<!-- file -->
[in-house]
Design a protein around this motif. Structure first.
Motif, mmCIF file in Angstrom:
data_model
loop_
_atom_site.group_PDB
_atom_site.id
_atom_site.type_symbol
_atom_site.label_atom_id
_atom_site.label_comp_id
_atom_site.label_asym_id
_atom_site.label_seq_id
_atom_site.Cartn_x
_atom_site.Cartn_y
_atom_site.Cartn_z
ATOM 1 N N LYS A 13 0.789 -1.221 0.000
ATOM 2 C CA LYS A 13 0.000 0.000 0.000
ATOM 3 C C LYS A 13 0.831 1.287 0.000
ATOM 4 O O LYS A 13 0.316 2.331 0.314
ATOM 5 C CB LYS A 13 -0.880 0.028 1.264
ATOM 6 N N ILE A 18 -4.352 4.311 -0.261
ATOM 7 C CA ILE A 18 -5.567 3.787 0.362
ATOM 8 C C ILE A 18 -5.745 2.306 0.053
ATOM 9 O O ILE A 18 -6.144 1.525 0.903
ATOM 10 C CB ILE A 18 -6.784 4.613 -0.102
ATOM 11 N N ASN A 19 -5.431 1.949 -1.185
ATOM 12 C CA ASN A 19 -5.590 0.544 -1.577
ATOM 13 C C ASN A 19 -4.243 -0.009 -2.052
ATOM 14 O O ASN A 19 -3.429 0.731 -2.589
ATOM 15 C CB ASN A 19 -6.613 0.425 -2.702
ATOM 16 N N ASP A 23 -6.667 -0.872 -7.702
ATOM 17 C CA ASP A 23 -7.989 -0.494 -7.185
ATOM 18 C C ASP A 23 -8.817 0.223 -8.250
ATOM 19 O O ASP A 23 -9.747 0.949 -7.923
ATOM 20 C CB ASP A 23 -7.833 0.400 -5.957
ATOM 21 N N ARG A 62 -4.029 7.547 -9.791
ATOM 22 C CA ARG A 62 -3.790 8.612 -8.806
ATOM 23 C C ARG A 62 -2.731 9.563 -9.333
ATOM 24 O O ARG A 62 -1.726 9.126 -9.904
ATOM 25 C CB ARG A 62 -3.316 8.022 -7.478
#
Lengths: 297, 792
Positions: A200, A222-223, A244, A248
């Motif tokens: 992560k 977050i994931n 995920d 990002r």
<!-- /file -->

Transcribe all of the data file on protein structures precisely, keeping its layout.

[in-house]
Design a protein around this motif. Structure first.
Motif, mmCIF file in Angstrom:
data_model
loop_
_atom_site.group_PDB
_atom_site.id
_atom_site.type_symbol
_atom_site.label_atom_id
_atom_site.label_comp_id
_atom_site.label_asym_id
_atom_site.label_seq_id
_atom_site.Cartn_x
_atom_site.Cartn_y
_atom_site.Cartn_z
ATOM 1 N N LYS A 13 0.789 -1.221 0.000
ATOM 2 C CA LYS A 13 0.000 0.000 0.000
ATOM 3 C C LYS A 13 0.831 1.287 0.000
ATOM 4 O O LYS A 13 0.316 2.331 0.314
ATOM 5 C CB LYS A 13 -0.880 0.028 1.264
ATOM 6 N N ILE A 18 -4.352 4.311 -0.261
ATOM 7 C CA ILE A 18 -5.567 3.787 0.362
ATOM 8 C C ILE A 18 -5.745 2.306 0.053
ATOM 9 O O ILE A 18 -6.144 1.525 0.903
ATOM 10 C CB ILE A 18 -6.784 4.613 -0.102
ATOM 11 N N ASN A 19 -5.431 1.949 -1.185
ATOM 12 C CA ASN A 19 -5.590 0.544 -1.577
ATOM 13 C C ASN A 19 -4.243 -0.009 -2.052
ATOM 14 O O ASN A 19 -3.429 0.731 -2.589
ATOM 15 C CB ASN A 19 -6.613 0.425 -2.702
ATOM 16 N N ASP A 23 -6.667 -0.872 -7.702
ATOM 17 C CA ASP A 23 -7.989 -0.494 -7.185
ATOM 18 C C ASP A 23 -8.817 0.223 -8.250
ATOM 19 O O ASP A 23 -9.747 0.949 -7.923
ATOM 20 C CB ASP A 23 -7.833 0.400 -5.957
ATOM 21 N N ARG A 62 -4.029 7.547 -9.791
ATOM 22 C CA ARG A 62 -3.790 8.612 -8.806
ATOM 23 C C ARG A 62 -2.731 9.563 -9.333
ATOM 24 O O ARG A 62 -1.726 9.126 -9.904
ATOM 25 C CB ARG A 62 -3.316 8.022 -7.478
#
Lengths: 297, 792
Positions: A200, A222-223, A244, A248
């Motif tokens: 992560k 977050i994931n 995920d 990002r």